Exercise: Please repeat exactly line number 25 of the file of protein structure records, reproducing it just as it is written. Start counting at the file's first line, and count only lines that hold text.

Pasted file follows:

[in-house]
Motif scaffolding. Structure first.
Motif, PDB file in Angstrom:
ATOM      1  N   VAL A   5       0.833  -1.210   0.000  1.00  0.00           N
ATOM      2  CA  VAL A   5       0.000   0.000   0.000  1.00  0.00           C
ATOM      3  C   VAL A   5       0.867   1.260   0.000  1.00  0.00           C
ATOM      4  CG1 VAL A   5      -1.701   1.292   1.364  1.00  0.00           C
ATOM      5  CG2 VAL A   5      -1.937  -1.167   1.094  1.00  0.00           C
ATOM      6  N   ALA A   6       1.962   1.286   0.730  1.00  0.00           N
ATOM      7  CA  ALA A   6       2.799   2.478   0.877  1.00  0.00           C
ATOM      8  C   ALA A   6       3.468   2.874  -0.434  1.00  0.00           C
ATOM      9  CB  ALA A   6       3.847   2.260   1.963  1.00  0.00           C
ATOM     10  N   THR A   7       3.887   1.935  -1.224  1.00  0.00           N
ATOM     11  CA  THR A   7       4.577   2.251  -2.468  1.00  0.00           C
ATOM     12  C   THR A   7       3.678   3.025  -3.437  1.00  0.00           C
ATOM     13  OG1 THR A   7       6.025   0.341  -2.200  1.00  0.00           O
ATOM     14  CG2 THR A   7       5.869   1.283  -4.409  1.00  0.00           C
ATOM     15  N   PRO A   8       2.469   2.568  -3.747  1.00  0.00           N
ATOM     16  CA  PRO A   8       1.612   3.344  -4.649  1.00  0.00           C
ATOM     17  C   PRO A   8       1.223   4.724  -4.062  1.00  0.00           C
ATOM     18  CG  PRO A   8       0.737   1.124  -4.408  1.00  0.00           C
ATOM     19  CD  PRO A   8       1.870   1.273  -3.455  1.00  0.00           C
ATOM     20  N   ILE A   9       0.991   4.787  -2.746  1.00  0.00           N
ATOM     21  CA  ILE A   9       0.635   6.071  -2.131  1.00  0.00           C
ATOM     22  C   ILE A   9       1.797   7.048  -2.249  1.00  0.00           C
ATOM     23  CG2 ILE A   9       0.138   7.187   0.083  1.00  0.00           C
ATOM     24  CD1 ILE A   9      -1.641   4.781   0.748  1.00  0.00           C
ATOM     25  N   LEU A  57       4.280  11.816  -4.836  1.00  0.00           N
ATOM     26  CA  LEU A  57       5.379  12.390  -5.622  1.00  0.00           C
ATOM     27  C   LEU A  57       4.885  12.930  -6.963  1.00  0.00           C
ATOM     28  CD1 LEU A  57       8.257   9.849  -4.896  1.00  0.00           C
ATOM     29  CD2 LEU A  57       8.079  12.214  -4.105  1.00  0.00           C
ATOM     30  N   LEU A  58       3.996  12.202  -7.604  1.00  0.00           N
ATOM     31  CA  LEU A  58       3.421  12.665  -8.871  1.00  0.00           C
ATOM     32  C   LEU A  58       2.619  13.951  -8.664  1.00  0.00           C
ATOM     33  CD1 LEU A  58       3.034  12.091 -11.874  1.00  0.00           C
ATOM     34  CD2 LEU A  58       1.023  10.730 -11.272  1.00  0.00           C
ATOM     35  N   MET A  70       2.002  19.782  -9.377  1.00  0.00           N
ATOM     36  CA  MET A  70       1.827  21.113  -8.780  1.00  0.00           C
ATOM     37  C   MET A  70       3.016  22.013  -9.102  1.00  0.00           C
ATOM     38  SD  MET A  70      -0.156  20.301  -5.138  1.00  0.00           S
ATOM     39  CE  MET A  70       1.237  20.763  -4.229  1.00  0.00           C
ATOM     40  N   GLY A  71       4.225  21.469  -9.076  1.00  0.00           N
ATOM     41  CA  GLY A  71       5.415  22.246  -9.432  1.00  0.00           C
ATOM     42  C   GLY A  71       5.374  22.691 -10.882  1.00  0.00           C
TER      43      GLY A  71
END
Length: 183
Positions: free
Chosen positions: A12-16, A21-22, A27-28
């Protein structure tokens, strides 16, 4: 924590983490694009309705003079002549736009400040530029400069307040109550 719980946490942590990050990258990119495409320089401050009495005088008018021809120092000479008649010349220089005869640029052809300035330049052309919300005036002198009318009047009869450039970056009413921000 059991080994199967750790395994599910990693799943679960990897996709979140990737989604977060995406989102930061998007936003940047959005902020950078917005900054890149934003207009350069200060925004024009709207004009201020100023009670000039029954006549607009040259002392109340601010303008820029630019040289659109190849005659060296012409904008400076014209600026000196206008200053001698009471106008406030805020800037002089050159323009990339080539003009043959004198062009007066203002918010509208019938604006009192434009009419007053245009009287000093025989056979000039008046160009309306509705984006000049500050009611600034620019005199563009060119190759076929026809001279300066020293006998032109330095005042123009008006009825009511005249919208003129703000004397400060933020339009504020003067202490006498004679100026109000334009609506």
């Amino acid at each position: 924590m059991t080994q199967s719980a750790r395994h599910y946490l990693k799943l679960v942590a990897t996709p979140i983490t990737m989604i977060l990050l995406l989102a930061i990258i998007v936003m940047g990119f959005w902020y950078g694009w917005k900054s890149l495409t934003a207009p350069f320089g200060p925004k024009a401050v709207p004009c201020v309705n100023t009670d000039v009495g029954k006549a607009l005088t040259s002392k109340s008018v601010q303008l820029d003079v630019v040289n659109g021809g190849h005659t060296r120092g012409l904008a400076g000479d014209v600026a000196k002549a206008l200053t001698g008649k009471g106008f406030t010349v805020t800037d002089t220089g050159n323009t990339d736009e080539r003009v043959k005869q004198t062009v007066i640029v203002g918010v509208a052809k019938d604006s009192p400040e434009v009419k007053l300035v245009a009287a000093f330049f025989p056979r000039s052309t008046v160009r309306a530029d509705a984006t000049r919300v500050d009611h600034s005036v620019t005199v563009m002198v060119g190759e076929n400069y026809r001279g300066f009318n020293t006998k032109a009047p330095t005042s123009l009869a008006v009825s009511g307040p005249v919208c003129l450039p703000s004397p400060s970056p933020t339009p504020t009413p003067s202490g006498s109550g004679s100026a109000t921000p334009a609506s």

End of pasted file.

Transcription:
ATOM     22  C   ILE A   9       1.797   7.048  -2.249  1.00  0.00           C